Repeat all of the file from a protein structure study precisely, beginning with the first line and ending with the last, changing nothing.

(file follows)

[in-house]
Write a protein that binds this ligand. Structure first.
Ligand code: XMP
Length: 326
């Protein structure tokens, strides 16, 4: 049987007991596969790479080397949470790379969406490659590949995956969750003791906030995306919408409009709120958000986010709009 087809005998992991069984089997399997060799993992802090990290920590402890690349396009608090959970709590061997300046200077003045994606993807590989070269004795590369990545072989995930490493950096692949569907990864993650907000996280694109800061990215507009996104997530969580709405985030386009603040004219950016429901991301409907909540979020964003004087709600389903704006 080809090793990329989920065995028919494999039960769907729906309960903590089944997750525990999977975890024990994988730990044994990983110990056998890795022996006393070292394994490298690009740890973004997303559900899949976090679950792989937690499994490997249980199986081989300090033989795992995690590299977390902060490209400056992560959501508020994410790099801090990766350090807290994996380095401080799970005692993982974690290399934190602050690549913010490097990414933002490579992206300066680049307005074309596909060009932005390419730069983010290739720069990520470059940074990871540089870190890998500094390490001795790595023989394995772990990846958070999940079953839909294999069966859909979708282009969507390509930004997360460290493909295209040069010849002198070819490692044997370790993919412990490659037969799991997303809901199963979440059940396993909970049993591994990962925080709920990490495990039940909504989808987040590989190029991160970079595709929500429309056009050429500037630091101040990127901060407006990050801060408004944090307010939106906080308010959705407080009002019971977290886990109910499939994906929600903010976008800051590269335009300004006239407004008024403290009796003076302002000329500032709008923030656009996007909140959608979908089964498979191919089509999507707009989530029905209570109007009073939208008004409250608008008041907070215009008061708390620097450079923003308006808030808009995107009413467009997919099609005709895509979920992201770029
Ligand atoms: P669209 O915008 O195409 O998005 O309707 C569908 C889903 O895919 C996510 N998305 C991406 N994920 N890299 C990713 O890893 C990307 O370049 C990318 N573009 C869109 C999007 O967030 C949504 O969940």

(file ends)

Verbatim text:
[in-house]
Write a protein that binds this ligand. Structure first.
Ligand code: XMP
Length: 326
């Protein structure tokens, strides 16, 4: 049987007991596969790479080397949470790379969406490659590949995956969750003791906030995306919408409009709120958000986010709009 087809005998992991069984089997399997060799993992802090990290920590402890690349396009608090959970709590061997300046200077003045994606993807590989070269004795590369990545072989995930490493950096692949569907990864993650907000996280694109800061990215507009996104997530969580709405985030386009603040004219950016429901991301409907909540979020964003004087709600389903704006 080809090793990329989920065995028919494999039960769907729906309960903590089944997750525990999977975890024990994988730990044994990983110990056998890795022996006393070292394994490298690009740890973004997303559900899949976090679950792989937690499994490997249980199986081989300090033989795992995690590299977390902060490209400056992560959501508020994410790099801090990766350090807290994996380095401080799970005692993982974690290399934190602050690549913010490097990414933002490579992206300066680049307005074309596909060009932005390419730069983010290739720069990520470059940074990871540089870190890998500094390490001795790595023989394995772990990846958070999940079953839909294999069966859909979708282009969507390509930004997360460290493909295209040069010849002198070819490692044997370790993919412990490659037969799991997303809901199963979440059940396993909970049993591994990962925080709920990490495990039940909504989808987040590989190029991160970079595709929500429309056009050429500037630091101040990127901060407006990050801060408004944090307010939106906080308010959705407080009002019971977290886990109910499939994906929600903010976008800051590269335009300004006239407004008024403290009796003076302002000329500032709008923030656009996007909140959608979908089964498979191919089509999507707009989530029905209570109007009073939208008004409250608008008041907070215009008061708390620097450079923003308006808030808009995107009413467009997919099609005709895509979920992201770029
Ligand atoms: P669209 O915008 O195409 O998005 O309707 C569908 C889903 O895919 C996510 N998305 C991406 N994920 N890299 C990713 O890893 C990307 O370049 C990318 N573009 C869109 C999007 O967030 C949504 O969940």